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admiration architecture artist beauty better building called child classes clouds continually creation creatures critic dark delight Divine duty early earth exist express eyes fact faithful feel flowers further given gives glory God's greater greatest hand happy heart heaven Hence hills honour human influence Italy John Ruskin kind labour land laws leaves less light living look means mind morning mountain Nature never noble once Painters painting pass peace perfect persons pleasure poor possible present question received regard religion rise rocks says schools seek seen soul spirit stones strength teacher teaching tell things thought toil touched true truly truth Turner universe voice Vols volume walls waters wealth wind wisdom wonder writes youth
Page 32 - It ceased; yet still the sails made on A pleasant noise till noon, A noise like of a hidden brook, In the leafy month of June, That to the sleeping woods all night Singeth a quiet tune.
Page 8 - THREE years she grew in sun and shower; Then Nature said, "A lovelier flower On earth was never sown ; This Child I to myself will take; She shall be mine, and I will make A Lady of my own. "Myself will to my darling be Both law and impulse : and with me The Girl, in rock and plain, In earth and heaven, in glade and bower, Shall feel an overseeing power To kindle or restrain.
Page 86 - Government and co-operation are in all things the Laws of Life ; Anarchy and competition the Laws of Death.
Page 11 - I roved at random thro' the town, And saw the tumult of the halls; And heard once more in college fanes The storm their high-built organs make And thunder-music, rolling, shake The prophets blazon'd on the panes; And caught once more the distant shout, The measured pulse of racing oars Among the willows; paced the shores And many a bridge, and all about The same gray flats again, and felt The same, but not the same; and last Up that long walk of limes I past...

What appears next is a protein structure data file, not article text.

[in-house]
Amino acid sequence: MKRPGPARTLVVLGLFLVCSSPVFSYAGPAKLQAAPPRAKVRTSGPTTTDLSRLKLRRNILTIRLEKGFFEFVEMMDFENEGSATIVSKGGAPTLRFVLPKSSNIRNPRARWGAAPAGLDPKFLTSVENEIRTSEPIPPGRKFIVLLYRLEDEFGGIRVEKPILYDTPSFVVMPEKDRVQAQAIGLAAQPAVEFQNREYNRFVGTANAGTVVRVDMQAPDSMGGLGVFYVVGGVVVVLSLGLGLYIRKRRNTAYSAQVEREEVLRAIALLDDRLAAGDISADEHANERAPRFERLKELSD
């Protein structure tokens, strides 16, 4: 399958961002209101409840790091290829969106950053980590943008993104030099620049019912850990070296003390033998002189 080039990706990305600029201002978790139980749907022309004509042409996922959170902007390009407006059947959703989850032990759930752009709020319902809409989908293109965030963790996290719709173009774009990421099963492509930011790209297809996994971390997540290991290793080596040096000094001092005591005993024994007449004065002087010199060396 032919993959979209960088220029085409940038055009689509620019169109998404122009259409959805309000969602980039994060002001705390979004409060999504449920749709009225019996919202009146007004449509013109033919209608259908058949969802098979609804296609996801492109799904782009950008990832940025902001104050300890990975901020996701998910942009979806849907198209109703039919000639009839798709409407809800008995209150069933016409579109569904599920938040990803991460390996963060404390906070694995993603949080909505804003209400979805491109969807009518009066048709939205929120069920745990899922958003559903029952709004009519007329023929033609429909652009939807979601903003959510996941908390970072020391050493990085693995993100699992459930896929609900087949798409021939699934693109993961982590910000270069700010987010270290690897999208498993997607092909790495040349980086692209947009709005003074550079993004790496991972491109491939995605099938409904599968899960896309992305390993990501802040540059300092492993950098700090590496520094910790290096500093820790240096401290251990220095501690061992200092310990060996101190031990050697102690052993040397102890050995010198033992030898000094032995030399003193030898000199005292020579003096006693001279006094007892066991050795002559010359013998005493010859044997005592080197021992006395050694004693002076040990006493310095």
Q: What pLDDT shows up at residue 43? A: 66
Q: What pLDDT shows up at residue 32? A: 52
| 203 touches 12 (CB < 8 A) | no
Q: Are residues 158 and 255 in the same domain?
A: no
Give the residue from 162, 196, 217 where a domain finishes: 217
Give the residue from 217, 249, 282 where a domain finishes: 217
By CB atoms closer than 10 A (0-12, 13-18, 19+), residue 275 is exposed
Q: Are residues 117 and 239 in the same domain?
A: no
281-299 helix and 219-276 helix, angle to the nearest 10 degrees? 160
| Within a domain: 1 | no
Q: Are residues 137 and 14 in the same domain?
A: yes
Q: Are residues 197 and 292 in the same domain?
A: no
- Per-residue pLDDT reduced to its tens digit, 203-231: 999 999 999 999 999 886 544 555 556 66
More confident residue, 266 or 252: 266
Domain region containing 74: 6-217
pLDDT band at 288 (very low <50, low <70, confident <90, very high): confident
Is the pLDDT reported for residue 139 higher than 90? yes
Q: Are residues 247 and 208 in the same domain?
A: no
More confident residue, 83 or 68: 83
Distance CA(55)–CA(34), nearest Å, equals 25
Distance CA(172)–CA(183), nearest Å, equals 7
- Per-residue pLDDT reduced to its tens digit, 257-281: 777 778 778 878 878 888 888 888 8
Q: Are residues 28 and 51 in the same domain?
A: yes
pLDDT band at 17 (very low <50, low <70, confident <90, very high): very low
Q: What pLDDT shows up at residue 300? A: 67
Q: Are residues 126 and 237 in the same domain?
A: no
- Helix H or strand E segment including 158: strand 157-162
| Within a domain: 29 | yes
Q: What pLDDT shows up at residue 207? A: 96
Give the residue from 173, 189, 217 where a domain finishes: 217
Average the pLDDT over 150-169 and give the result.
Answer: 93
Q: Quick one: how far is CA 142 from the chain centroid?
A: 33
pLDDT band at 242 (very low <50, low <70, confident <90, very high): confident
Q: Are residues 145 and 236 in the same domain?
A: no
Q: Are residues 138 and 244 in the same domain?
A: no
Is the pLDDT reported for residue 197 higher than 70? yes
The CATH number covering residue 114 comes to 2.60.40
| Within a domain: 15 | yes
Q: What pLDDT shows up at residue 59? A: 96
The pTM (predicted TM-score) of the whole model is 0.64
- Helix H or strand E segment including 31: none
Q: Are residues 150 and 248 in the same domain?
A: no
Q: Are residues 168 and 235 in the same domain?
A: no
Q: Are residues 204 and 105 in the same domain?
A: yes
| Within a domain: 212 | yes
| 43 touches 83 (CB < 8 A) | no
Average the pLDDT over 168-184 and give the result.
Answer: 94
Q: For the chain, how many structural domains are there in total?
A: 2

Page 113 - I have rejoiced in the way of thy testimonies, as much as in all riches.
Page 47 - Nature ! Healest thy wandering and distempered child : Thou pourest on him thy soft influences, Thy sunny hues, fair forms, and breathing sweets ; Thy melodies of woods, and winds, and waters ! Till he relent, and can no more endure To be a jarring and a dissonant thing Amid this general dance and minstrelsy ; But, bursting into tears, wins back his way, His angry spirit healed and harmonized By the benignant touch of love and beauty.
Page 26 - He was an entirely honest merchant, and his memory is, to all who keep it, dear and helpful. His son, whom he loved to the uttermost, and taught to speak truth, says this of him.
Page 105 - Wisdom and spirit of the universe ! Thou soul that art the eternity of thought, That givest to forms and images a breath And everlasting motion, not in vain By day or star-light thus from my first dawn Of childhood didst thou intertwine for me The passions that build up our human soul ; Not with the mean and vulgar works of man, But with high objects ; with enduring things, With life...
Page 80 - The law of nature is, that a certain quantity of work is necessary to produce a certain quantity of good, of any kind whatever. If you want knowledge, you must toil for it; if food, you must toil for it; and if pleasure, you must toil for it.